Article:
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https://www.readbyqxmd.com/read/28735495/neuroanatomical-and-resting-state-eeg-power-correlates-of-central-hearing-loss-in-older-adults
#1
Nathalie Giroud, Sarah Hirsiger, Raphaela Muri, Andrea Kegel, Norbert Dillier, Martin Meyer
To gain more insight into central hearing loss, we investigated the relationship between cortical thickness and surface area, speech-relevant resting state EEG power, and above-threshold auditory measures in older adults and younger controls. Twenty-three older adults and 13 younger controls were tested with an adaptive auditory test battery to measure not only traditional pure-tone thresholds, but also above individual thresholds of temporal and spectral processing. The participants' speech recognition in noise (SiN) was evaluated, and a T1-weighted MRI image obtained for each participant...
July 22, 2017: Brain Structure & Function
https://www.readbyqxmd.com/read/28735011/assessment-and-elimination-of-the-effects-of-head-movement-on-meg-resting-state-measures-of-oscillatory-brain-activity
#2
Eirini Messaritaki, Loes Koelewijn, Diana C Dima, Gemma M Williams, Gavin Perry, Krish D Singh
Magnetoencephalography (MEG) is increasingly being used to study brain function because of its excellent temporal resolution and its direct association with brain activity at the neuronal level. One possible cause of error in the analysis of MEG data comes from the fact that participants, even MEG-experienced ones, move their head in the MEG system. Head movement can cause source localization errors during the analysis of MEG data, which can result in the appearance of source variability that does not reflect brain activity...
July 19, 2017: NeuroImage
https://www.readbyqxmd.com/read/28734460/affected-anatomical-rich-club-and-structural-functional-coupling-in-young-offspring-of-schizophrenia-and-bipolar-disorder-patients
#3
Guusje Collin, Lianne H Scholtens, René S Kahn, Manon H J Hillegers, Martijn P van den Heuvel
BACKGROUND: Emerging evidence suggests disruptions in the wiring organization of the brain's network in schizophrenia (SZ) and bipolar disorder (BD). As the importance of genetic predisposition has been firmly established in these illnesses, children (offspring) of patients constitute an at-risk population. This study examines connectome organization in children at familial high risk for psychosis. METHODS: Diffusion-weighted magnetic resonance imaging scans were collected from 127 nonpsychotic offspring 8 to 18 years of age (average age = 13...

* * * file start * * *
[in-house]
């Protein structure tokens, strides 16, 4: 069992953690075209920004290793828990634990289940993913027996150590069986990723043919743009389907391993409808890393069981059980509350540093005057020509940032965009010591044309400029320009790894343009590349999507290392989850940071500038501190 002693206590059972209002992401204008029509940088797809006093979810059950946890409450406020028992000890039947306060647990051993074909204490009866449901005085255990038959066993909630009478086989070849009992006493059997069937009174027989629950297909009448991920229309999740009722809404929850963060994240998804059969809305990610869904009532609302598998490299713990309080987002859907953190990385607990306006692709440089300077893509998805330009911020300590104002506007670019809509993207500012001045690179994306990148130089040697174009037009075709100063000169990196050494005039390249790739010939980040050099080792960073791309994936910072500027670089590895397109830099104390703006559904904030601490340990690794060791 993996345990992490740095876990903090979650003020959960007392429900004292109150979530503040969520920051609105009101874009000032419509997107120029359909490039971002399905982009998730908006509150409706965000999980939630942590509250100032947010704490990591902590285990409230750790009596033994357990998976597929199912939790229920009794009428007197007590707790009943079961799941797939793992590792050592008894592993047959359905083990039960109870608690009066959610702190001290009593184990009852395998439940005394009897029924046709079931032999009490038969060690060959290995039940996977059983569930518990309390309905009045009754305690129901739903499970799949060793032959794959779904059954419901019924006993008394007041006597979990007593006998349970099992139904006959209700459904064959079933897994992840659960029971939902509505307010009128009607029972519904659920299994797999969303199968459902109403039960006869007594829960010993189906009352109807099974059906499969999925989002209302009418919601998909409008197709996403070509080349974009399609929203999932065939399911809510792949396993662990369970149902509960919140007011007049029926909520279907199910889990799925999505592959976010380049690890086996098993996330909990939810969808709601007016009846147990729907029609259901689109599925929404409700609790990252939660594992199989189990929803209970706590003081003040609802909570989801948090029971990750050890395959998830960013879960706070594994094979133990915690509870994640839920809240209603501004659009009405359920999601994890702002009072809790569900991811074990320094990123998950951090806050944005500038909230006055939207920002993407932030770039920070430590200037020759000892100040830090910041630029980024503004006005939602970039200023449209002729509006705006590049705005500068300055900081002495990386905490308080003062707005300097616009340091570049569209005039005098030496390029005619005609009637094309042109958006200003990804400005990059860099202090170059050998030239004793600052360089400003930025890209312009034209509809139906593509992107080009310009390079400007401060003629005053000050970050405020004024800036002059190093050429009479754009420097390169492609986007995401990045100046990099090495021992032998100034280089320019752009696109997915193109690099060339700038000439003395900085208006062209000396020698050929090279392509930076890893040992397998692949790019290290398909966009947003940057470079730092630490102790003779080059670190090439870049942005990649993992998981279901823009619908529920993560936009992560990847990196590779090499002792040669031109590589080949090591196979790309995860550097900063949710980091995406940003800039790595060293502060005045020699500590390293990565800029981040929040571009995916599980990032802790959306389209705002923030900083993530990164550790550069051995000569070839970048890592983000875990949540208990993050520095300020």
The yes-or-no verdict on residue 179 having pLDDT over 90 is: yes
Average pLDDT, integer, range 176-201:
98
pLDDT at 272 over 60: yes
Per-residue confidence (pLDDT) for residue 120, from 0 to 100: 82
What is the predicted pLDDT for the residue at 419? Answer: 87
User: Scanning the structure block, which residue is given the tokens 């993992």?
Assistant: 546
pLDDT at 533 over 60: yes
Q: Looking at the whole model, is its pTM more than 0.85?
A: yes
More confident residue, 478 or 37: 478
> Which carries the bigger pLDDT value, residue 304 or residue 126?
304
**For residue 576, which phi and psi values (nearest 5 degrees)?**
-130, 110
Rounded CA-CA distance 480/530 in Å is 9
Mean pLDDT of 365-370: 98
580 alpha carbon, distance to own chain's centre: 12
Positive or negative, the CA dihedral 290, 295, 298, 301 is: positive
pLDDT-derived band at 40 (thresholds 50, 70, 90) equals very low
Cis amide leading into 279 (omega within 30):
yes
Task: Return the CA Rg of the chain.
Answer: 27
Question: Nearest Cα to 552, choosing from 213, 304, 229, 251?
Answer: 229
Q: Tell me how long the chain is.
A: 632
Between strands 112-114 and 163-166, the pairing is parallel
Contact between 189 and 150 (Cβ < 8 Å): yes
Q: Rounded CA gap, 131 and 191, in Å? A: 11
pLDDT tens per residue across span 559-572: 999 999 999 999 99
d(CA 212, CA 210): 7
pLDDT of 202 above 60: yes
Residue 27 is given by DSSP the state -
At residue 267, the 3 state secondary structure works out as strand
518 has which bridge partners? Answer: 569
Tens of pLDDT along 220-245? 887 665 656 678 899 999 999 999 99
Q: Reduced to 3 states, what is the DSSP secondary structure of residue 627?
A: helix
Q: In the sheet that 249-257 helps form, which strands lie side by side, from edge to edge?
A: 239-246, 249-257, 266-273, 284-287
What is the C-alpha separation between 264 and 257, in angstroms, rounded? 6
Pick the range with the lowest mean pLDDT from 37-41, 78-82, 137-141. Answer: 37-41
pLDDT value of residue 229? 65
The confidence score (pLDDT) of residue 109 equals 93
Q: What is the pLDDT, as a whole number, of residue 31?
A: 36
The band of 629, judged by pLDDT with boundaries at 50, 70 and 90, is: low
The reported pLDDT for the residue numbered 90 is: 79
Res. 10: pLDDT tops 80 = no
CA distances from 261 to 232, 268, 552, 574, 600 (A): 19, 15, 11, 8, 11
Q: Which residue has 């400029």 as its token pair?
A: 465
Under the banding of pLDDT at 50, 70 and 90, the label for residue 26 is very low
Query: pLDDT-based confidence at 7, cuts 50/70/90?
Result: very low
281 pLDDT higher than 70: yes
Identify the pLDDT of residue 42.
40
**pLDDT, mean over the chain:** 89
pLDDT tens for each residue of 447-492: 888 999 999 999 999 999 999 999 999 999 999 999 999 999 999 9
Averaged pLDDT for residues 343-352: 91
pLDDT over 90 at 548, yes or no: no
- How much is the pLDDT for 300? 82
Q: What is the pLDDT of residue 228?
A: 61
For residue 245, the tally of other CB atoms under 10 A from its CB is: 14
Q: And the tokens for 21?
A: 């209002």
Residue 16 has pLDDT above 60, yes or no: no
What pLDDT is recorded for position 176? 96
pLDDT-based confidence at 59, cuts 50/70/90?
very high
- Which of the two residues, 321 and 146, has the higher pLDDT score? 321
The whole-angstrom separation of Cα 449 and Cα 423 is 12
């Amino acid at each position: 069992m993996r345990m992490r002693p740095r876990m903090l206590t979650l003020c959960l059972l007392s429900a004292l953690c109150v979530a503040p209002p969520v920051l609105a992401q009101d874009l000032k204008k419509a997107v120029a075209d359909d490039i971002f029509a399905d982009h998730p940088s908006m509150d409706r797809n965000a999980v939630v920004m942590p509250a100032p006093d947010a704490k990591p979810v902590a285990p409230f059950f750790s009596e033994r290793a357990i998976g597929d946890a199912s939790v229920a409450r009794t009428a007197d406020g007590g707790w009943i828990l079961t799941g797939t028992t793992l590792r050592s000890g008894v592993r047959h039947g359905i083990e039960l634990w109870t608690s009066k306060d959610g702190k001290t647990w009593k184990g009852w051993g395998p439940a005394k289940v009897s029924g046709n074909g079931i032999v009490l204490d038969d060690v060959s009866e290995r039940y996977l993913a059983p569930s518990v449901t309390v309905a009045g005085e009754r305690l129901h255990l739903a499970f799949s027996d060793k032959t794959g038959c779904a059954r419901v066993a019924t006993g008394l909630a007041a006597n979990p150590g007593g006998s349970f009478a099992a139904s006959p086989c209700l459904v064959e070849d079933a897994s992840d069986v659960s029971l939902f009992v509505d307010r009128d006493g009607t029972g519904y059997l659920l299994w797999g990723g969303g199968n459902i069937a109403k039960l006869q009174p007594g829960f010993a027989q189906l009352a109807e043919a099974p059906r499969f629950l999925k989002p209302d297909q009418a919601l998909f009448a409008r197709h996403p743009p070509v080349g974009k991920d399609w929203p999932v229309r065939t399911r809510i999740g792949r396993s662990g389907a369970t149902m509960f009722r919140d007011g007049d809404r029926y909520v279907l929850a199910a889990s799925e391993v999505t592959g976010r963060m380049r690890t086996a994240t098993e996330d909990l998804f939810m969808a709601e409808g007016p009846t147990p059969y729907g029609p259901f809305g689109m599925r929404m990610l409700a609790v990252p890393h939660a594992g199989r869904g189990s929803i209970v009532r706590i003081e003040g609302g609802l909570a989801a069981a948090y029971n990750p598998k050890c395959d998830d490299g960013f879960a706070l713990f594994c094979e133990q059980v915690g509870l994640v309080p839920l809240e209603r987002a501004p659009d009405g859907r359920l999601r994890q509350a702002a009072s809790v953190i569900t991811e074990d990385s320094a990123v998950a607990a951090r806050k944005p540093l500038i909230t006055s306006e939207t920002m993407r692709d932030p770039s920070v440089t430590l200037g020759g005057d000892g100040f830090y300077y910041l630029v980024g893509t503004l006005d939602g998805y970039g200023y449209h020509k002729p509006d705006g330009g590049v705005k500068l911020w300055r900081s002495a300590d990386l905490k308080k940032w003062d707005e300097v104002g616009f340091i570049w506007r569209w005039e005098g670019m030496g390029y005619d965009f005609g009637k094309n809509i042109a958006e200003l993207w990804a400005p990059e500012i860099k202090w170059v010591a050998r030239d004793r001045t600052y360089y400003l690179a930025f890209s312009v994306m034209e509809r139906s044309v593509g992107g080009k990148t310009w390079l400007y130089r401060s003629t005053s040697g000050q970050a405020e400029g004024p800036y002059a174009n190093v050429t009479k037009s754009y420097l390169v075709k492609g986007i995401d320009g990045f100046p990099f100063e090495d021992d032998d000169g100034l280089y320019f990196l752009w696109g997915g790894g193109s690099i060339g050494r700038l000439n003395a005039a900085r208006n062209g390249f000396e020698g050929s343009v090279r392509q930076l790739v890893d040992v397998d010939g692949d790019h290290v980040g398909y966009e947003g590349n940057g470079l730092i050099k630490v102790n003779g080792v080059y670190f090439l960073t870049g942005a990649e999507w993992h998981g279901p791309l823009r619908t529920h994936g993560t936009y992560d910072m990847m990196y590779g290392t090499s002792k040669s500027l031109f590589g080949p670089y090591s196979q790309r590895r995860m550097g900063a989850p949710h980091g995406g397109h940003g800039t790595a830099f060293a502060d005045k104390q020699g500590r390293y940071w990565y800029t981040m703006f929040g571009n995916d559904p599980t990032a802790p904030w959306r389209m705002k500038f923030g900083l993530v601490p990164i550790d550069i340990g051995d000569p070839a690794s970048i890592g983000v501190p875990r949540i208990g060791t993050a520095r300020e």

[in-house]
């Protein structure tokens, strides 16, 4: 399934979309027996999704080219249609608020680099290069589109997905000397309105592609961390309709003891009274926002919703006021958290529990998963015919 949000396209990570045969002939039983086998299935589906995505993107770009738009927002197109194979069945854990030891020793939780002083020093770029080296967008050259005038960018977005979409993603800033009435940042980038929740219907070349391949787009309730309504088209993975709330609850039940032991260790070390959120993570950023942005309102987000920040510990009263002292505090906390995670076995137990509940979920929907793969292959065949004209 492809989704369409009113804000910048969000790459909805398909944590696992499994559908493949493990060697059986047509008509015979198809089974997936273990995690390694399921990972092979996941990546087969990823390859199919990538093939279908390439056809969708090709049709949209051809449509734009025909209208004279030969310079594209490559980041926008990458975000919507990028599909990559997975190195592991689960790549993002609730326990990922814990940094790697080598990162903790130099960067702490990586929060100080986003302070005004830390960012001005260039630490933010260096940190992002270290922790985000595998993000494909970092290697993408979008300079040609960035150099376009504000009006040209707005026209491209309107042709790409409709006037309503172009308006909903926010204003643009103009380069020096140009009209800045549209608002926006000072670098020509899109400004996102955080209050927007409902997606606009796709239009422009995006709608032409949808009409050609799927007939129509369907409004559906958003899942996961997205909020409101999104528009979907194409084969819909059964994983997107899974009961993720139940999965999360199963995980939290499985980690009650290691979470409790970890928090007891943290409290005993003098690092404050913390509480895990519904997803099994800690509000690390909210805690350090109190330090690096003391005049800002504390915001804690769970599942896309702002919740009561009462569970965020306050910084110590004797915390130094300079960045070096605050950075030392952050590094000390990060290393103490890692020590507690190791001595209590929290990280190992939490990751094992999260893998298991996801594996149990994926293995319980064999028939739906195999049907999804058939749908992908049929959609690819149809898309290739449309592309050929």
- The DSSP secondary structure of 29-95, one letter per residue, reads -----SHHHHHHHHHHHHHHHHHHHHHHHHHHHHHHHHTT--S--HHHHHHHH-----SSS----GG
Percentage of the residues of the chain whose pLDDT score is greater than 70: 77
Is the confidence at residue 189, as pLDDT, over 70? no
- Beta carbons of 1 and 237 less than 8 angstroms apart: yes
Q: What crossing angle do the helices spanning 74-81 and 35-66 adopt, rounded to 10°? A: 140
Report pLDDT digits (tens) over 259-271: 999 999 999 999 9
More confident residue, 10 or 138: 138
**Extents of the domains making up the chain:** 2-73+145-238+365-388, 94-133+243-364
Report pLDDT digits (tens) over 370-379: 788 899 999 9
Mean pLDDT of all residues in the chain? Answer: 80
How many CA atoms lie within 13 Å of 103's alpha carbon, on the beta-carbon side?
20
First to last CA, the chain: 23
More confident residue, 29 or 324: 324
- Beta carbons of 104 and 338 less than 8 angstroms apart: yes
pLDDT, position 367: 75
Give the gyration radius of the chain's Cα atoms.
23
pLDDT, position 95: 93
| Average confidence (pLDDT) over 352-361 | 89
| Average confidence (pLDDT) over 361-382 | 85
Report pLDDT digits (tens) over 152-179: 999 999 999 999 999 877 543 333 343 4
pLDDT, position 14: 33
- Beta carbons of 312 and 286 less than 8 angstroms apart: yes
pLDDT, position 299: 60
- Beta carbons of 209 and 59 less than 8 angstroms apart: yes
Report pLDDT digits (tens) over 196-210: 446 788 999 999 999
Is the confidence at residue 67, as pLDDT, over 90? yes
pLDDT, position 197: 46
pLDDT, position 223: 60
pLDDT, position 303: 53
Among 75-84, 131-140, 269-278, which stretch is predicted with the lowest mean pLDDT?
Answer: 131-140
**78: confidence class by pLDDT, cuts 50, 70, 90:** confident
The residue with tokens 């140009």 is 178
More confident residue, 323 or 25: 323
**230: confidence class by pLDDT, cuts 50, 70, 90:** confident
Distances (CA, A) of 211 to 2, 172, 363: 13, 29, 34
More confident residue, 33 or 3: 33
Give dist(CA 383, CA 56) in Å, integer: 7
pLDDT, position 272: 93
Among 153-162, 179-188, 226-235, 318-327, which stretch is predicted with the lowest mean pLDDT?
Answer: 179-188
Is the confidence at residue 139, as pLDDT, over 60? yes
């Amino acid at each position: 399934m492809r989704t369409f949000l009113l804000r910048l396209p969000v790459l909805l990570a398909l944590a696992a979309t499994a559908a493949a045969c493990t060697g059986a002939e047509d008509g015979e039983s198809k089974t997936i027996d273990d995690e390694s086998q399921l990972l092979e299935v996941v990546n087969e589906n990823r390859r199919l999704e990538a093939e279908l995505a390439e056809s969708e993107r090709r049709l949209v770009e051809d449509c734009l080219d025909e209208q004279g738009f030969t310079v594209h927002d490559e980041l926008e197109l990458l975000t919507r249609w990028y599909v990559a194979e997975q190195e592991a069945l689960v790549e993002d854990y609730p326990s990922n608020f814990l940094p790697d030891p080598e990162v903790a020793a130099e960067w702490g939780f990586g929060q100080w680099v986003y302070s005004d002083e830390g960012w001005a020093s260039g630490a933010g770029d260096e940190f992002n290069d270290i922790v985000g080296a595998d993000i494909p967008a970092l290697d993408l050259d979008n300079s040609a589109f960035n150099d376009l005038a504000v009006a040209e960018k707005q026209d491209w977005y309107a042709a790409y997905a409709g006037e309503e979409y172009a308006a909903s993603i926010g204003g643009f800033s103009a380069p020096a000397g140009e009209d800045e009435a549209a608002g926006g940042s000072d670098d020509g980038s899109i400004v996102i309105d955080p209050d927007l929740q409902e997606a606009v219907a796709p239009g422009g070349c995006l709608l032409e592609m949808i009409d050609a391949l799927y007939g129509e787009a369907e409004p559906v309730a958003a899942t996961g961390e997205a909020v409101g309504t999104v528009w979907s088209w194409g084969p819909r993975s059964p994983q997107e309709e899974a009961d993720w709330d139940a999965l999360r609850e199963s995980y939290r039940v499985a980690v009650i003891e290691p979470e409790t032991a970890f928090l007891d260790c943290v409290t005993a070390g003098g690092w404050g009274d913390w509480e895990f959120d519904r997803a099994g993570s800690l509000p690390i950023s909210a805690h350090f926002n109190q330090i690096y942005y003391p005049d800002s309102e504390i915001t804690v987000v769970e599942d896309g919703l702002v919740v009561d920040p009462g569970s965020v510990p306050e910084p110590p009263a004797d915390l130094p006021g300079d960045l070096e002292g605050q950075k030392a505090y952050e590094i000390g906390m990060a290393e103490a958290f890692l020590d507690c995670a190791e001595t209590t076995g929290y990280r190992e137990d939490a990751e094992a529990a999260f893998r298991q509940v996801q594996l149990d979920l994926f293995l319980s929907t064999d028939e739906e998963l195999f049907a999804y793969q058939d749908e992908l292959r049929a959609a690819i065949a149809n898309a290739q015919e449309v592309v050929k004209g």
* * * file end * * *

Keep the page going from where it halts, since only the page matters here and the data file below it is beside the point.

June 21, 2017: Biological Psychiatry
https://www.readbyqxmd.com/read/28734059/localized-reductions-in-resting-state-functional-connectivity-in-children-with-prenatal-alcohol-exposure
#4
Jia Fan, Paul A Taylor, Sandra W Jacobson, Christopher D Molteno, Suril Gohel, Bharat B Biswal, Joseph L Jacobson, Ernesta M Meintjes
Fetal alcohol spectrum disorders (FASD) are characterized by impairment in cognitive function that may or may not be accompanied by craniofacial anomalies, microcephaly, and/or growth retardation. Resting-state functional MRI (rs-fMRI), which examines the low-frequency component of the blood oxygen level dependent (BOLD) signal in the absence of an explicit task, provides an efficient and powerful mechanism for studying functional brain networks even in low-functioning and young subjects. Studies using independent component analysis (ICA) have identified a set of resting-state networks (RSNs) that have been linked to distinct domains of cognitive and perceptual function, which are believed to reflect the intrinsic functional architecture of the brain...
July 22, 2017: Human Brain Mapping
https://www.readbyqxmd.com/read/28733834/long-term-intensive-gymnastic-training-induced-changes-in-intra-and-inter-network-functional-connectivity-an-independent-component-analysis
#5
Huiyuan Huang, Junjing Wang, Carol Seger, Min Lu, Feng Deng, Xiaoyan Wu, Yuan He, Chen Niu, Jun Wang, Ruiwang Huang
Long-term intensive gymnastic training can induce brain structural and functional reorganization. Previous studies have identified structural and functional network differences between world class gymnasts (WCGs) and non-athletes at the whole-brain level. However, it is still unclear how interactions within and between functional networks are affected by long-term intensive gymnastic training. We examined both intra- and inter-network functional connectivity of gymnasts relative to non-athletes using resting-state fMRI (R-fMRI)...
July 21, 2017: Brain Structure & Function